WASHINGTON - A group of activists and consumer advocates is accusing the U.S. government of doing too little to stop the spread of mad cow disease in the country because of pressure from the powerful beef industry.
They also say that a number of senior employees in the U.S. Department of Agriculture (USDA) come from the meat and dairy industries and might have loyalties to their former employers.
Last week, U.S. officials said they would immediately implement a new set of safeguards to protect the nation's beef supply against bovine spongiform encephalopathy (BSE) also known as ”mad cow” disease, after an infected animal was found in Washington state.
A human form of the disease known as variant Creutzfeldt-Jakob Disease or vCJD, a rare but fatal brain disorder, can result from consuming contaminated cattle products.
The safeguards include removing non-ambulatory or ”downer” animals from the human food chain, along with all brain, spinal cord and nervous-system tissue that could carry BSE; adding protections to mechanised meat processing; and instituting a national animal identification programme.
Downers are animals that are unable to walk to slaughter because of disease or broken legs and other injuries.
Secretary of Agriculture Ann Veneman has also called for a team of international experts to review inspection procedures and make recommendations following completion of the current probe into the case of the single BSE-positive cow.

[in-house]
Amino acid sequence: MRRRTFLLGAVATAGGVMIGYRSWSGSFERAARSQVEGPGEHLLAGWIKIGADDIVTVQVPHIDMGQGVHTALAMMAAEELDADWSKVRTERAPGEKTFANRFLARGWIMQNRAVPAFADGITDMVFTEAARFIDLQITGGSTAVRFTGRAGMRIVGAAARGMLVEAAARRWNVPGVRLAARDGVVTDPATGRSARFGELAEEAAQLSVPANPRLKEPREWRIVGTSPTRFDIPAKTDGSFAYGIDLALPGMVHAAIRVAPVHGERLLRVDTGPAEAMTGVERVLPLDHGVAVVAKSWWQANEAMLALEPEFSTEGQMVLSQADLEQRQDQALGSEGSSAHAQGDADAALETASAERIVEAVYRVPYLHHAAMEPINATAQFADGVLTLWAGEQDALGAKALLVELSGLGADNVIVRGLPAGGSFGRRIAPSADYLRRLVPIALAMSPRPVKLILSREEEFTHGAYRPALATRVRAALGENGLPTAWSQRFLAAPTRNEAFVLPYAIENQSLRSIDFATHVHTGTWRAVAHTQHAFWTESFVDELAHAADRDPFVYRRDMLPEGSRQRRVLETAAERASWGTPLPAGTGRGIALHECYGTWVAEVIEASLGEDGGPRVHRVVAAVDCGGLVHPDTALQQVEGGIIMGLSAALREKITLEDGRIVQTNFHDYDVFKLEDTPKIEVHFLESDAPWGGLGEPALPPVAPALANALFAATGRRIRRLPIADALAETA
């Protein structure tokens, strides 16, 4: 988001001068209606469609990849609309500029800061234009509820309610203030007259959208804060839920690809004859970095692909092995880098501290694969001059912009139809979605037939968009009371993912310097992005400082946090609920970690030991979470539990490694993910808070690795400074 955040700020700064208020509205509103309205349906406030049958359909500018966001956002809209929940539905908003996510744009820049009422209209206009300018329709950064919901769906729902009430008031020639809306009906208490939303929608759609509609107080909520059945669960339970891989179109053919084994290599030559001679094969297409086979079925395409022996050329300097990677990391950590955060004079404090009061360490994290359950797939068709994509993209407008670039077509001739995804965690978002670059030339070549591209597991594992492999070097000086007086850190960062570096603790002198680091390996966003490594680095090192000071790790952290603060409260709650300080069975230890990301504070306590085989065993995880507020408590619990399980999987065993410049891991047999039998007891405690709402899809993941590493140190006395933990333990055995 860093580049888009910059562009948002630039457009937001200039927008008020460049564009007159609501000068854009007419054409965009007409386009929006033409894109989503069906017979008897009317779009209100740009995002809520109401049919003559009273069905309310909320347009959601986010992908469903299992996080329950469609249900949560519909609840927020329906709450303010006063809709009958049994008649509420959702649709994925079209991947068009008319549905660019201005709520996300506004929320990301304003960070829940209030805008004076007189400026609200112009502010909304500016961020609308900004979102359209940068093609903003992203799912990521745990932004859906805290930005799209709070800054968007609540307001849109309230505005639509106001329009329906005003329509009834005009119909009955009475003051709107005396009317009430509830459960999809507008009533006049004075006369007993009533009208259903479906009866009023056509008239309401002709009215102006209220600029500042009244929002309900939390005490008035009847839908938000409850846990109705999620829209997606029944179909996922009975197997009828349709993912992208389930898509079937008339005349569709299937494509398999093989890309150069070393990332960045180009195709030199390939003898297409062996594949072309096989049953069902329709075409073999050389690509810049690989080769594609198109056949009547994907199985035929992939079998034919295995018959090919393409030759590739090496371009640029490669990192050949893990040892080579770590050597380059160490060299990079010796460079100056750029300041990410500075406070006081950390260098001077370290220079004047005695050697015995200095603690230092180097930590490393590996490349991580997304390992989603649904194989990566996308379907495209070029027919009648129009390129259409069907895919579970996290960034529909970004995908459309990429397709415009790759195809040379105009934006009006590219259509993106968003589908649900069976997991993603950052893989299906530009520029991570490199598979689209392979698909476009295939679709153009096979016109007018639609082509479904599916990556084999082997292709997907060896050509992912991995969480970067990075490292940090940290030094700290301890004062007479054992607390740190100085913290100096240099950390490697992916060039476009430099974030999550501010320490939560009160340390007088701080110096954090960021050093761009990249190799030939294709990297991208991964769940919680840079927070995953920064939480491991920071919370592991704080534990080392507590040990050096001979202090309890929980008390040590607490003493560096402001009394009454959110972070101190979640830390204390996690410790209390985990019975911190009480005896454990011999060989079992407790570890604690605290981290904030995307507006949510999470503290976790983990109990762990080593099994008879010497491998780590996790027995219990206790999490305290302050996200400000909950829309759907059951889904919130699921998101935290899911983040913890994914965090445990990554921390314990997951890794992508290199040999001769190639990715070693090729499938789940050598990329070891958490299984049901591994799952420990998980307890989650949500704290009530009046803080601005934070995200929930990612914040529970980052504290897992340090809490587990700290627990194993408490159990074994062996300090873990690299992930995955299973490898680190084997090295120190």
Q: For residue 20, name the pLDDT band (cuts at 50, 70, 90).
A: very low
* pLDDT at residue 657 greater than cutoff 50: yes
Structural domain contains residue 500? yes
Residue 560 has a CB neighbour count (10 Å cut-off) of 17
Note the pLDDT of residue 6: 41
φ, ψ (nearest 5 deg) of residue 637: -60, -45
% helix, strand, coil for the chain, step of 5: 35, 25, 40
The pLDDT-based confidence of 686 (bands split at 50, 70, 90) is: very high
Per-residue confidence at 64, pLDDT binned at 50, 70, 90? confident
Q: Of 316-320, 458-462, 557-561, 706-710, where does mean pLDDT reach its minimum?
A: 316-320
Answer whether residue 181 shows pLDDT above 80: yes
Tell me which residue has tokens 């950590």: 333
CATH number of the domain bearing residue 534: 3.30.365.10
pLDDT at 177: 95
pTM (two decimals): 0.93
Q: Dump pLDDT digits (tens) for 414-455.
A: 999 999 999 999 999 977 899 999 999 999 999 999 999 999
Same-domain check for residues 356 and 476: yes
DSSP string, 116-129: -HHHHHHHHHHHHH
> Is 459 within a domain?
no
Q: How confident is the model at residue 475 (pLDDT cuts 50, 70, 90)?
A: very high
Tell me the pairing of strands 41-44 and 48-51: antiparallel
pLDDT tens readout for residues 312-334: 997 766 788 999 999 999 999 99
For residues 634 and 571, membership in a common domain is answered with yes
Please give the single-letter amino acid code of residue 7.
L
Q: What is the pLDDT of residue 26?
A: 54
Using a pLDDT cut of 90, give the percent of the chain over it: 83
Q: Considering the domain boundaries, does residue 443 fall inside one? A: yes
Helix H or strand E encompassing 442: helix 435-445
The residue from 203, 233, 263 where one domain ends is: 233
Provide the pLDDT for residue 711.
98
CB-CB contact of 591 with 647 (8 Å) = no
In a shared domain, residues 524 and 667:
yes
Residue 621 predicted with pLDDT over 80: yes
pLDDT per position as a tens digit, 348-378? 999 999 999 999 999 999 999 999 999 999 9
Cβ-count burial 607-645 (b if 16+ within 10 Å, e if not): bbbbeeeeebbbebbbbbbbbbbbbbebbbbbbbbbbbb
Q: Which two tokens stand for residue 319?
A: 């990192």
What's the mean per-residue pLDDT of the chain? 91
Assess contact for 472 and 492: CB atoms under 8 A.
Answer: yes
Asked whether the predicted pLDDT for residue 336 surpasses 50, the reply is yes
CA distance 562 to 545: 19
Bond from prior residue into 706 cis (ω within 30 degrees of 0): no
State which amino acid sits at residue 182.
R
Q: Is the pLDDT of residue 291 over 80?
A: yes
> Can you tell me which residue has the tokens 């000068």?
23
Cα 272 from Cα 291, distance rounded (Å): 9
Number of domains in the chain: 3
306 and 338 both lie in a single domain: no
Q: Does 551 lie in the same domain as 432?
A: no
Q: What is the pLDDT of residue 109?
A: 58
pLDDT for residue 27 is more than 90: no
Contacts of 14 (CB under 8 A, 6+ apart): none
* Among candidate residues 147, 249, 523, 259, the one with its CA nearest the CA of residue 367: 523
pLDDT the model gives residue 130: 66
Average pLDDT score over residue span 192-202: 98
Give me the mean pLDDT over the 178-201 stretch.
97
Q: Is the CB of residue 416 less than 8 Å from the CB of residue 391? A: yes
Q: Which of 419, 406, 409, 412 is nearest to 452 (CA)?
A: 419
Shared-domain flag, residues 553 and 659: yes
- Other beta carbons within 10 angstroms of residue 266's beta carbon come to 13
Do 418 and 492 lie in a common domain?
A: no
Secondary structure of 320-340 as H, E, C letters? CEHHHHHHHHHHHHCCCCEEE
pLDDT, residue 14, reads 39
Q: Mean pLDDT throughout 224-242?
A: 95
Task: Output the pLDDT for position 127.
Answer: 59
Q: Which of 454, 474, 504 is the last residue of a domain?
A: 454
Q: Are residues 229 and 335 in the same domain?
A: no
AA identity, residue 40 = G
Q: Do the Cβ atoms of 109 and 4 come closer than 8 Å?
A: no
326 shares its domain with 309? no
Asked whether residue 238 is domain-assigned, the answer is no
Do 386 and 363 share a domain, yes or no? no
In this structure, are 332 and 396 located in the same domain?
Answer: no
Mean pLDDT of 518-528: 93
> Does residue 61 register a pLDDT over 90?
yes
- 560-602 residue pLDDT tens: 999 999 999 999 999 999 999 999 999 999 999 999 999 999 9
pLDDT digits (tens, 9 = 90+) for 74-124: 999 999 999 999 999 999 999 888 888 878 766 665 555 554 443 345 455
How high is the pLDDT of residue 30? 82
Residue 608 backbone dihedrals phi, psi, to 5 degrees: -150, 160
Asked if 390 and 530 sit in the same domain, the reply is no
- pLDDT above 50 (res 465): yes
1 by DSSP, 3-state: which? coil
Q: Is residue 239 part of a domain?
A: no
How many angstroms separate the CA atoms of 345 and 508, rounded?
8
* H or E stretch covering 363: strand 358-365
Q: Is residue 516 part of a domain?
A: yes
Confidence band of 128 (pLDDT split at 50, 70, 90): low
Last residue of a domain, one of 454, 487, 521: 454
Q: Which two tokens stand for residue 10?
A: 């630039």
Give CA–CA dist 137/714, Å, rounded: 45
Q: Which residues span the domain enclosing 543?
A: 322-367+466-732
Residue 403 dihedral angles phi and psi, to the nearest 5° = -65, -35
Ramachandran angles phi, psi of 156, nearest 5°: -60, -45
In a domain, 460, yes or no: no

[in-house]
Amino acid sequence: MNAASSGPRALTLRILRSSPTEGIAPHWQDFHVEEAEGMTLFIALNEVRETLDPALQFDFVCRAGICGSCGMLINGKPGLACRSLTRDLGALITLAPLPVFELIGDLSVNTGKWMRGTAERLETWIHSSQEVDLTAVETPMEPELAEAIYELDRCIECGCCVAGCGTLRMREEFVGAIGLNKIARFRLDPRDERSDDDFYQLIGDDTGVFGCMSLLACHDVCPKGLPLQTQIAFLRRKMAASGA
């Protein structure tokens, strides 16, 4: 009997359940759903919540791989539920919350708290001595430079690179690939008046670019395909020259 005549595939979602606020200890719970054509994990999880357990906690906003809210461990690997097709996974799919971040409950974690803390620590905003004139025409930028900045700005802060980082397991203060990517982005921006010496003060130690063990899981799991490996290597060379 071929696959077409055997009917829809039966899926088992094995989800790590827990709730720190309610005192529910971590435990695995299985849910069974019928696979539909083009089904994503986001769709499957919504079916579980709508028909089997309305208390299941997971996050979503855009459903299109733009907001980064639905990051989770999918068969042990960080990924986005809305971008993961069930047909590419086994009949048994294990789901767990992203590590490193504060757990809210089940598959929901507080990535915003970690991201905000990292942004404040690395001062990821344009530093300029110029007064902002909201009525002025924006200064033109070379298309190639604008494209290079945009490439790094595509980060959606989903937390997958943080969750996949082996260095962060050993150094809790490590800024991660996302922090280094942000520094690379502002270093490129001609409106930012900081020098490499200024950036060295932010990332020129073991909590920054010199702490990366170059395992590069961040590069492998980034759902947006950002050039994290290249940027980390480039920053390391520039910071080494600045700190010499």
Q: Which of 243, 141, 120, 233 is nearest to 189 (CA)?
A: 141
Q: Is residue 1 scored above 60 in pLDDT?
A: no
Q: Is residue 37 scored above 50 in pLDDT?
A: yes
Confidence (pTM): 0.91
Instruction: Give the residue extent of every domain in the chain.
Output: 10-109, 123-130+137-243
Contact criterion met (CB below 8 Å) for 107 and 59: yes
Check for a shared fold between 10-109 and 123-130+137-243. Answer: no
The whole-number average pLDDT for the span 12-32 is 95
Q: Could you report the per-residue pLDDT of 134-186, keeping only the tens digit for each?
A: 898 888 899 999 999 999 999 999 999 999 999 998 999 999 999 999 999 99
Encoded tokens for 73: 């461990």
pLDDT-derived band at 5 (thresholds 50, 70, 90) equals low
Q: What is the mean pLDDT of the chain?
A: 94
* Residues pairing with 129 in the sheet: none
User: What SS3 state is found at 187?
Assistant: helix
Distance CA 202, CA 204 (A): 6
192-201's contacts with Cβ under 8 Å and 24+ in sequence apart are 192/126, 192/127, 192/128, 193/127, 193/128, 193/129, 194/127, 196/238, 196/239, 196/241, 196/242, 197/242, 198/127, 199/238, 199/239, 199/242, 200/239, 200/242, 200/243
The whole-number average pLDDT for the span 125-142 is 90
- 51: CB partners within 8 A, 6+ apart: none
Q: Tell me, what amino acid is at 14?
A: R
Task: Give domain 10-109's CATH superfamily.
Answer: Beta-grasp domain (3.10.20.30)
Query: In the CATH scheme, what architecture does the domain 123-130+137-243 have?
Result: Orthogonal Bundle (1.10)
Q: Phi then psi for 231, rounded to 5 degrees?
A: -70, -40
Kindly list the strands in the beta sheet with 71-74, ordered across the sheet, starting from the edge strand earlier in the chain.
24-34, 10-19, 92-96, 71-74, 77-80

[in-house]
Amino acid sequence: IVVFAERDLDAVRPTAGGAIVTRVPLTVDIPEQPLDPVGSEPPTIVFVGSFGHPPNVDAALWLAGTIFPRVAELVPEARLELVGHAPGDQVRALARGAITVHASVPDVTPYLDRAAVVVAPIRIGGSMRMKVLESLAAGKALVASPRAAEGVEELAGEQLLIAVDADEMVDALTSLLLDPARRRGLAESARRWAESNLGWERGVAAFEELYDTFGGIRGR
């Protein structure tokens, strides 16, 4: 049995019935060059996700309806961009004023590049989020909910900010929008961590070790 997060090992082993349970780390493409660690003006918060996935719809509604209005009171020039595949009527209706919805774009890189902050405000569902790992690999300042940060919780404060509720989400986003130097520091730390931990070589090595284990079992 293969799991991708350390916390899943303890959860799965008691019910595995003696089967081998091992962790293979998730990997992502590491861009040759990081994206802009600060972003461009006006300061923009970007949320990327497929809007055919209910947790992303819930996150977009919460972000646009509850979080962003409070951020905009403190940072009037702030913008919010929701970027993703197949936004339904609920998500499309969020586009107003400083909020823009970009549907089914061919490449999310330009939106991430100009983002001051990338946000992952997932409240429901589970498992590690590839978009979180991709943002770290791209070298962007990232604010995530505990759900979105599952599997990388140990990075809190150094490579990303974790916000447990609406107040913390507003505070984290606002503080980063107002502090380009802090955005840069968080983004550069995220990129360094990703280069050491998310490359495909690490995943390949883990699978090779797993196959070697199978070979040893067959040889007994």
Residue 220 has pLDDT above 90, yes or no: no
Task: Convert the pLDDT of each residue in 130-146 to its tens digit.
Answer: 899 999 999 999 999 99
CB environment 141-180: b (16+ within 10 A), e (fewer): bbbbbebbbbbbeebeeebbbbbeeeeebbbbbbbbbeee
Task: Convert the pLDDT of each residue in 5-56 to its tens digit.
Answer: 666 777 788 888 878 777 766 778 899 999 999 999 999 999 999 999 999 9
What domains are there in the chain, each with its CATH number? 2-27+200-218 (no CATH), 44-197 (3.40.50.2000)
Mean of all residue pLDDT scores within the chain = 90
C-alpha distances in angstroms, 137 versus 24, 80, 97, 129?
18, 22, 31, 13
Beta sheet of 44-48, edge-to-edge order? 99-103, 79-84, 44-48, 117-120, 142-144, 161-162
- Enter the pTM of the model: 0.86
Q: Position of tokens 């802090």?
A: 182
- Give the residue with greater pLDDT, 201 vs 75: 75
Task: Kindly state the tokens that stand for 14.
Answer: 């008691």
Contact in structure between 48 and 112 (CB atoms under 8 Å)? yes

The team will be led by Dr. Ulrich Kihm, the former chief veterinary officer of Switzerland, who now owns a consulting company, Safe Food Solutions, Inc.
But the announced measures failed to allay consumers' fears both in the United States and abroad.
Cattle-futures prices have fallen sharply, and none of the more than 30 nations that have required import bans on U.S. beef are reportedly moving to ease their restrictions. The controls have already cost the U.S. beef industry millions of dollars in exports.
Consumer groups and activists here Monday decried the measures as grossly lacking. Some say Britain, for example, managed after 15 years to defeat the disease by putting a ban on feeding slaughterhouse waste to livestock and by testing millions of cattle before consumption.
”The USDA's latest steps on mad cow disease are pathetic,” said John Stauber co-author of the book 'Mad Cow USA'. ”Today in the U.S. farmers legally feed billions of pounds of slaughterhouse waste to cattle, and even wean calves on cattle blood protein.”
Farmers in the United States routinely feed animal remains, blood and manure -- particularly chicken faeces -- to cattle.
In Europe, where one of every four cows is tested, and Japan, where authorities test 100 percent of cattle bound for human consumption, officials have found a number of cases of mad cow disease in animals that appeared perfectly healthy.
”France, which has only a fraction of the U.S. cattle population, tests more cattle in a single week than the U.S. has tested in a decade,” said Michael Greger of the Organic Consumers Association.
Over the past two years, the USDA has tested only about 20,000 cattle, or less than 10 percent of the downer animals, for mad cow disease annually.
”I suspect the recent cases of mad cow disease in the U.S. and Canada are just the tip of an iceberg, one that will continue to grow until dangerous feeding practices are completely banned,” said Stauber.
In May 2003 a single BSE-infected cow was discovered in Canada. Since then, many countries, including the United States, have refused to import Canadian beef. U.S. officials say that the animal discovered in Washington state was likely purchased from its northern neighbour.